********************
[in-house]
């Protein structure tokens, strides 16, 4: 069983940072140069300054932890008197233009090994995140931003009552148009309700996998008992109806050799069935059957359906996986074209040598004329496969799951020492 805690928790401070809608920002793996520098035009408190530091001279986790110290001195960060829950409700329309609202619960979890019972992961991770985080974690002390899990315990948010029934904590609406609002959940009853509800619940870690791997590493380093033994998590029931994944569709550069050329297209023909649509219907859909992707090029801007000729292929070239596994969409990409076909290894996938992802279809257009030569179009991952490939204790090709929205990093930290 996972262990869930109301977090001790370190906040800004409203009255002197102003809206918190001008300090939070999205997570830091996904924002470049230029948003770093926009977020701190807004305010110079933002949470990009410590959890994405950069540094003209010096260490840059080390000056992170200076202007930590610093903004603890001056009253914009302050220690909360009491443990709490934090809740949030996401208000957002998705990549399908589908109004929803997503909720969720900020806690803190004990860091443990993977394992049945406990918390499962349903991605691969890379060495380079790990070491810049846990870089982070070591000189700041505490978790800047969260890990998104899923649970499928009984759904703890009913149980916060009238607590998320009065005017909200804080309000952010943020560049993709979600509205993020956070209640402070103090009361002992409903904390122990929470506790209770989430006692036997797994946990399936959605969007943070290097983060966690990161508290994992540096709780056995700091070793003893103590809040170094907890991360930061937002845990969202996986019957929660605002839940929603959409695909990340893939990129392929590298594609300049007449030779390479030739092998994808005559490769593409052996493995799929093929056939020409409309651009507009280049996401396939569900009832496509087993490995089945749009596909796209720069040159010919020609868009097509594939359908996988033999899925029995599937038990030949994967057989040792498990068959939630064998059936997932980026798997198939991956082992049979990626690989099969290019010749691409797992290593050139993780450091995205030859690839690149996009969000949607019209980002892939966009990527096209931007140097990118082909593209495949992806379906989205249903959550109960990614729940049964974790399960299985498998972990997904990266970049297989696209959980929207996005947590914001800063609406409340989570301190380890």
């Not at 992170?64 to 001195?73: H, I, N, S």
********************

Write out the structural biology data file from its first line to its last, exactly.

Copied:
[in-house]
């Protein structure tokens, strides 16, 4: 069983940072140069300054932890008197233009090994995140931003009552148009309700996998008992109806050799069935059957359906996986074209040598004329496969799951020492 805690928790401070809608920002793996520098035009408190530091001279986790110290001195960060829950409700329309609202619960979890019972992961991770985080974690002390899990315990948010029934904590609406609002959940009853509800619940870690791997590493380093033994998590029931994944569709550069050329297209023909649509219907859909992707090029801007000729292929070239596994969409990409076909290894996938992802279809257009030569179009991952490939204790090709929205990093930290 996972262990869930109301977090001790370190906040800004409203009255002197102003809206918190001008300090939070999205997570830091996904924002470049230029948003770093926009977020701190807004305010110079933002949470990009410590959890994405950069540094003209010096260490840059080390000056992170200076202007930590610093903004603890001056009253914009302050220690909360009491443990709490934090809740949030996401208000957002998705990549399908589908109004929803997503909720969720900020806690803190004990860091443990993977394992049945406990918390499962349903991605691969890379060495380079790990070491810049846990870089982070070591000189700041505490978790800047969260890990998104899923649970499928009984759904703890009913149980916060009238607590998320009065005017909200804080309000952010943020560049993709979600509205993020956070209640402070103090009361002992409903904390122990929470506790209770989430006692036997797994946990399936959605969007943070290097983060966690990161508290994992540096709780056995700091070793003893103590809040170094907890991360930061937002845990969202996986019957929660605002839940929603959409695909990340893939990129392929590298594609300049007449030779390479030739092998994808005559490769593409052996493995799929093929056939020409409309651009507009280049996401396939569900009832496509087993490995089945749009596909796209720069040159010919020609868009097509594939359908996988033999899925029995599937038990030949994967057989040792498990068959939630064998059936997932980026798997198939991956082992049979990626690989099969290019010749691409797992290593050139993780450091995205030859690839690149996009969000949607019209980002892939966009990527096209931007140097990118082909593209495949992806379906989205249903959550109960990614729940049964974790399960299985498998972990997904990266970049297989696209959980929207996005947590914001800063609406409340989570301190380890």
């Not at 992170?64 to 001195?73: H, I, N, S």